GE2017 – Tracker – Thursday 11th May – Leak!

Conservatives: Av u/o seats = 399.2 – 24hr change = 0 | Week change = +10.7

Labour: Av u/o seats = 158.8 – 24 hr = 0 | Week = -2.7

Lib Dems: Av u/o seats = 15.5 – 24 hr = 0 | Week = -7.3

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Spreadex | Con 397-403 (24hr = -1)| Lab 153-159 (-2) | LD 16-19 (0)

Sporting Index | Con 395-401 (0) | Lab 154-160 (0) | LD 16-19 (0)

(2015 result | Con 330 | Lab 232 | LD 8)

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In not so much a leak as a burst water main spouting big-state policies, a draft version of Labour’s manifesto yesterday found its way into the hands of the press. Stories this morning abound of Corbyn’s plans to take us ‘back to the 1970s’ through a wide-reaching programme of public ownership. Who knows, maybe he’d even renationalise the Tote – just don’t bring back betting tax please!

My own hot take is that whilst a number of the proposed policies – renationalisation of the railways, stopping arms sales to Saudi Arabia, and scrapping tuition fees – individually have good public appeal, as a package they play into the Tory narrative of unremitting Labour tax/borrow and spend.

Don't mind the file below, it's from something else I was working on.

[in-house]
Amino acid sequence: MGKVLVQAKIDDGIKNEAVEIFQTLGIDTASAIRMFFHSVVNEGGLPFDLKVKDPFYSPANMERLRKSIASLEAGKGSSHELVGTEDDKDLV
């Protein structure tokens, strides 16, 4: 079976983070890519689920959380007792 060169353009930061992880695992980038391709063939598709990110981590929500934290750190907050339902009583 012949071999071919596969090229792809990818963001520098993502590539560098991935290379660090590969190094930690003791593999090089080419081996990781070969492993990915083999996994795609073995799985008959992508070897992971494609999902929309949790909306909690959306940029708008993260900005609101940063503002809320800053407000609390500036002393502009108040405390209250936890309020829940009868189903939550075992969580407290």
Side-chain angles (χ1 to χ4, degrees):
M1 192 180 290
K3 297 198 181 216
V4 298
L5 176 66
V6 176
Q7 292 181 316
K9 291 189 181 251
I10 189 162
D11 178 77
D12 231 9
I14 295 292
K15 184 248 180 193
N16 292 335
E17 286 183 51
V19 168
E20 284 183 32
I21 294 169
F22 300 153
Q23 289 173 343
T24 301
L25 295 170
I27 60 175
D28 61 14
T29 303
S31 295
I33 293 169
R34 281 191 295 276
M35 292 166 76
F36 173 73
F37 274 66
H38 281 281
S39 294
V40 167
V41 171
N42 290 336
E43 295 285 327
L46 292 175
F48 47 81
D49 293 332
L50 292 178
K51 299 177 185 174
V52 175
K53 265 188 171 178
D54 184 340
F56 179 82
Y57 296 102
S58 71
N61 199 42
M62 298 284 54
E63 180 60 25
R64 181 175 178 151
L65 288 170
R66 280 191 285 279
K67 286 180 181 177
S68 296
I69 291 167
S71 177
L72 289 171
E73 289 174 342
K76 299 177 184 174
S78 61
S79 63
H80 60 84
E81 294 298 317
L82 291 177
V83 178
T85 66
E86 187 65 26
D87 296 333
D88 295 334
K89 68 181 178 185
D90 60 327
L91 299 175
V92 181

I find it hard to believe that a public reluctant to vote for Miliband’s ‘soft left’ manifesto in 2015 will be more enthused by Corbyn’s harder stuff. I can see such a manifesto stacking up votes in student seats, inner London constituencies and doing well for the party in South Wales. But will they care in Nuneaton? There’s a good essay here from the New Statesman’s George Eaton on why policies don’t even matter that much in general elections anyway.

Yesterday I backed Labour at 6/1 (still available @ Betfair Sportsbook) to win Sheffield Hallam (Nick Clegg’s seat). I’m optimistic that the draft manifesto, with its strong messaging on student fees and equivocation on Brexit, could help Labour further here.

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Seems it’s not just me doing the betting advice. According to Buzzfeed’s Jim Waterson the Tories have been buying ads tipping up Corbyn’s longshot credentials

If you do fancy another shock, JC is best price 14/1 to be PM after the general election.

 

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